More Down East readers voted in our annual Readers’ Choice poll than ever before, dishing on all their Maine favorites — from oysters to orchards and hotels to harbors. As always, we have a few picks of our own. How did your favorites do?
By Willy Blackmore • Bridget M. Burns • Jen DeRose • Jesse Ellison • Will Grunewald • Brian Kevin • Sarah Stebbins • Jennifer Van Allen • Virginia M. Wright
B&B or hotel? As an old-house junkie, I’m drawn to the former. As an introvert, I want room service. The Francis, which opened in Portland’s West End in late 2017, deftly splits the difference. With 15 rooms and carved woodwork, tiled fireplaces, and stained-glass windows galore, the 1881 former merchant’s home marries the charm of a historic B&B with the amenities — and blessed anonymity! — of a boutique hotel. Cross the street for breakfast at Tandem Coffee + Bakery, or call or text the front desk to have it brought up. You can stay in for dinner at Flood’s, the brasserie-ish new restaurant from the co-owner of Biddeford’s Palace Diner. If you snack (or imbibe) in your room, note that nearly every item in the bar, beer to beef jerky to bottled water, is Maine-made (and so’s the art on the walls). — S.S.
Phippsburg’s venerable Sebasco Harbor Resort (29 Kenyon Rd.; 877-960-2480) has a Dirty Dancing vibe, the kind of waterfront haven where parents let kids roam while lounging by the same pool their parents (and maybe grandparents) once lounged by. Celebrating 90 years, the place feels fresh as ever, from guest rooms in the 1945 ersatz lighthouse to candlepin bowling lanes in the retro rec center. — B.K.
For stay-at-home working parents (like me), a comfy coffee shop with drop-in childcare is the Holy Grail. Westbrook’s Roots Café has all the lattes and pastries and Edison bulbs of a Starbucks (plus sandwiches and salads), but it’s run by nondenominational Green Tree Ministries, which offers its patrons’ kiddos up to 90 minutes of free supervised playtime (with a reservation — walk-ins get an hour, as available) at its adjacent Seedlings Play Place. Little ones 8 weeks to 6 years are welcome, and the group doesn’t proselytize. I can attest that the childcare is trustworthy, the cold brew is smooth, and even heathens are welcome. — B.B.
The Freeport Historical Society’s 140-acre property is a great spot for budding outdoor adventurers, offering an out-there feel just around the corner from the outlets. A wide, wooded path leads a half-mile from the trailhead to a yawning meadow with an apple orchard, a big cedar that kids love to clamber on, and an abandoned 1800 saltbox farmhouse overlooking mudflats and egrets in the Harraseeket estuary. Intrepid kids can explore less-beaten paths weaving through the woods. The best part: you can find yourself alone on a Sunday afternoon. — J.V.A.
$42 adults, $14–$27 children. 1 West St., Bar Harbor. 207-288-2386.
Starting sometime in the next few years, visitors in peak season will need reservations to drive Acadia National Park’s most popular routes. The Acadia by Sea tour is a welcome alternative to park roads, a three-hour sightseeing voyage on a sleek catamaran, the Acadia Explorer, operated by Bar Harbor Whale Watch. The 149-passenger, custom-built boat cruises by Sand Beach, Thunder Hole, and Otter Cliff, then crosses Frenchman Bay to take in the jagged shoreline of less-frequented Schoodic Peninsula, with rangers aboard to explain the park’s human and natural history. You can still drive without a reservation this year, but the view of Acadia’s peaks from the bay warrants ditching the car. — W.G.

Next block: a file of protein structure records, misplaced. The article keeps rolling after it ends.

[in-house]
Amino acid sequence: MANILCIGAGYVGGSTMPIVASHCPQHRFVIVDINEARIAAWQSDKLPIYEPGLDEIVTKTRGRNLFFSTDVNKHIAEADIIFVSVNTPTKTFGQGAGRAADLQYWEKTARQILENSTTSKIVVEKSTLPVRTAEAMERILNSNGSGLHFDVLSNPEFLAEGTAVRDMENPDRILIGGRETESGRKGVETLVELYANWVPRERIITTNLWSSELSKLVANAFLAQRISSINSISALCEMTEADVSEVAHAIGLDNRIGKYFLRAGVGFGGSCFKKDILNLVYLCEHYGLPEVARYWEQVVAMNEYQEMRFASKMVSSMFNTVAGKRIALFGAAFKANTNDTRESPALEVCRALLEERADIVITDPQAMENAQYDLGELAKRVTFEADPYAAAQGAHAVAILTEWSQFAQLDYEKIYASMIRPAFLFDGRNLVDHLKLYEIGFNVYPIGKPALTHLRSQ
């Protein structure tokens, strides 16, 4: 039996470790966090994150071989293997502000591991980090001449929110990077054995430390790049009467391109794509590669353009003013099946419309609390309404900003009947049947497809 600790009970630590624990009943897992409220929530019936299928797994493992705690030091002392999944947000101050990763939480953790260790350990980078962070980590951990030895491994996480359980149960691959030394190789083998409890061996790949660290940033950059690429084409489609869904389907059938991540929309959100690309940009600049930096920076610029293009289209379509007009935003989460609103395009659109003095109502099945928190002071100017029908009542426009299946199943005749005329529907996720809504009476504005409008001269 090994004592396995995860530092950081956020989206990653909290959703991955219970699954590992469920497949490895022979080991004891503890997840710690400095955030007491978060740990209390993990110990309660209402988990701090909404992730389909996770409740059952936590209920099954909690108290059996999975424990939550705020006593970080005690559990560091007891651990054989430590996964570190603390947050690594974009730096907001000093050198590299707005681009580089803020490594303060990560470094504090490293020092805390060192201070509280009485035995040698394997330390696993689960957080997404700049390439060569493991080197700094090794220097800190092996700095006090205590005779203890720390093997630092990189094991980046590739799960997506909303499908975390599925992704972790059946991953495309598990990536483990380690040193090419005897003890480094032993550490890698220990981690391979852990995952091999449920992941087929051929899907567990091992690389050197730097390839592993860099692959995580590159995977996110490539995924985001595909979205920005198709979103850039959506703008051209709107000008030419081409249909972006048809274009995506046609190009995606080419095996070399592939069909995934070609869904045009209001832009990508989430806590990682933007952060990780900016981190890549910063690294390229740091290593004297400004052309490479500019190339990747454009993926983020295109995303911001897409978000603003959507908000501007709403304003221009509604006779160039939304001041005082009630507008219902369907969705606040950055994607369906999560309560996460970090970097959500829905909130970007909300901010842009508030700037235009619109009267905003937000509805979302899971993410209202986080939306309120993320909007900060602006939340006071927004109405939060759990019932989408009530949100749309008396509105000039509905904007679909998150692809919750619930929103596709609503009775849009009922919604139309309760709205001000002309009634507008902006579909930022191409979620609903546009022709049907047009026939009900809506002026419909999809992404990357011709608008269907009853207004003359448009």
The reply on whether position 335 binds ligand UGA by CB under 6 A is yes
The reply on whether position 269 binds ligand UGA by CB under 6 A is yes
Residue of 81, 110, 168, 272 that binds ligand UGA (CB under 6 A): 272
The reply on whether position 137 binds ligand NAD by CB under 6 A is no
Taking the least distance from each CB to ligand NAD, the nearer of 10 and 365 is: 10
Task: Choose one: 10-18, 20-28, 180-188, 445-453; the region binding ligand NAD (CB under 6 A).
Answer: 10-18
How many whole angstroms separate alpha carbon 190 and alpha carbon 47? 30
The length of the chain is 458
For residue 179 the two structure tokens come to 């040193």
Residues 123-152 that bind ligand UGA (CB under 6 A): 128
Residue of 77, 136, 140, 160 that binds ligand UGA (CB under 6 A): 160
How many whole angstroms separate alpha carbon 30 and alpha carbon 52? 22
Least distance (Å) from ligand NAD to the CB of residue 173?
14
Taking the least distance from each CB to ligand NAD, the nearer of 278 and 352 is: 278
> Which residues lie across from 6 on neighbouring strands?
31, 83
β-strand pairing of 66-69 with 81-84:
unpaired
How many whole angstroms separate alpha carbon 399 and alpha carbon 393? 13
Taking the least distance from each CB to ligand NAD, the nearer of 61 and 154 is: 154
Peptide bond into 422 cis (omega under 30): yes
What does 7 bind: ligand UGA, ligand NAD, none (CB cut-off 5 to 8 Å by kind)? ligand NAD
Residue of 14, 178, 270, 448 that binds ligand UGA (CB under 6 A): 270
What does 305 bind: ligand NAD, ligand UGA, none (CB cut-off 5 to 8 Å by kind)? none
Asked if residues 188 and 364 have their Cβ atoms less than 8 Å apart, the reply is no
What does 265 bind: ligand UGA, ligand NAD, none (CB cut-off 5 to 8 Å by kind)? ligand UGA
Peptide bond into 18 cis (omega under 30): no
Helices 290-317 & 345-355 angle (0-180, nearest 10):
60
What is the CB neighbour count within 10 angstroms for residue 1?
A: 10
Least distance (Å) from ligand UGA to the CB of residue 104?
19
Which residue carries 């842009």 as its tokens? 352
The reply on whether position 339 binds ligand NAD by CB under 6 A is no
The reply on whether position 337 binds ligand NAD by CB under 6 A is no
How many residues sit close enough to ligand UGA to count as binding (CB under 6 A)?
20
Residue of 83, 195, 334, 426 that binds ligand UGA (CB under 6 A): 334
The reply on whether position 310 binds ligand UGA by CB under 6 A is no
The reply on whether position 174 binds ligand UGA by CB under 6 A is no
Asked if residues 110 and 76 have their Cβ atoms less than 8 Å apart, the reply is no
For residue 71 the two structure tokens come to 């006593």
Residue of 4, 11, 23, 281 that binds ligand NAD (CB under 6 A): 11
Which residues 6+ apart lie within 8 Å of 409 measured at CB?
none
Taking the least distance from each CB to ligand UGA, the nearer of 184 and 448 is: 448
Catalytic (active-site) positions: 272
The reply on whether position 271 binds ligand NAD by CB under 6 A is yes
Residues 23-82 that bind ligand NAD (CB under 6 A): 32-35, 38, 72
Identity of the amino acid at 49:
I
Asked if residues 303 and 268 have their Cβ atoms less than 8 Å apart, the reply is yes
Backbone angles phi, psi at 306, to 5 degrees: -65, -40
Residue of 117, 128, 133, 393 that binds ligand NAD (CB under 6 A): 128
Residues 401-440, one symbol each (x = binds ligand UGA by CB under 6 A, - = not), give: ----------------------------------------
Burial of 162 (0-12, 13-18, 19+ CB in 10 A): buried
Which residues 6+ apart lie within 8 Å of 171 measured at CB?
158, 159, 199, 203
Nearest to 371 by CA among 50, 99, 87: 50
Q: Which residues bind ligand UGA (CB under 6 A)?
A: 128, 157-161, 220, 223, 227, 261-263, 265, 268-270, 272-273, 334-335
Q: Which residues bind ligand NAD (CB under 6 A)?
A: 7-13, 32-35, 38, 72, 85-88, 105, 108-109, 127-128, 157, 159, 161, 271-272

I skied a full day this spring on Penobscot River Trails’ 15-mile network, along a quiet and wildlife-rich stretch of the East Branch of the Penobscot, during which I encountered one other skier and for which I paid nada. Reportedly, the philanthropic Butler Conservation Fund spent $5 million developing the privately owned preserve, just south of Katahdin Woods and Waters, opening to skiers this past winter (and offering free loaner skis and boots). This summer, the preserve welcomes hikers and bikers, with no entrance fee. Rest stops at two trailside “huts” come with knockout views of the national monument’s wooded peaks and of nearby, mile-high Katahdin. — B.K.
It was midwinter the first time I wore one of Wildwood Oyster Co.’s chunky statement necklaces, made from marine dock line and leather, and suddenly I was thinking about beach-wave hair and seaside lobster bakes. Designer Becky McKinnell stays busy working on her nautical-chic collection (she also has a line of hobo-style leather totes), but when she’s not stitching or splicing, she and her husband and 7-year-old daughter tend to their Casco Bay oyster farm. Find her necklaces and bags at boutiques like Portland and Biddeford’s Suger. — J.D.
Lightweight outdoor-gear manufacturer Flowfold has had a big year, launching a co-branded line of bags and boots with L.L.Bean and opening a new 3,000-square-foot headquarters in Gorham. Amid all the growth, it’s worth pausing to note that the 9-year-old company’s original product line — minimalist wallets made from recycled sailcloth — still rules. The material looks sharp, holds up to abuse, and is thin enough not to leave a big old lump in your butt (or it’ll fit in a front pocket). My favorite wallet and a new Maine classic. — B.K.
I follow hundreds of architecture and design handles on Instagram, and Northern Vernacular is among those that reliably cause my thumb to freeze mid-scroll. Architectural historian (and Portlander) Julie Senk posts crisp, skillfully cropped pics — of a prim brick Federal in Bath, perhaps, or magnificently ornate Second Empire in Richmond — along with well-researched design and history lessons. The historic coordinator for the Maine Department of Transportation (and a contributor to our sister mag, Maine Homes by Down East), Senk spends her free time road-tripping with her husband and Nikon Coolpix A900, unearthing off-the-beaten-path beauties that keep her 8,300 fans double-tapping. — S.S.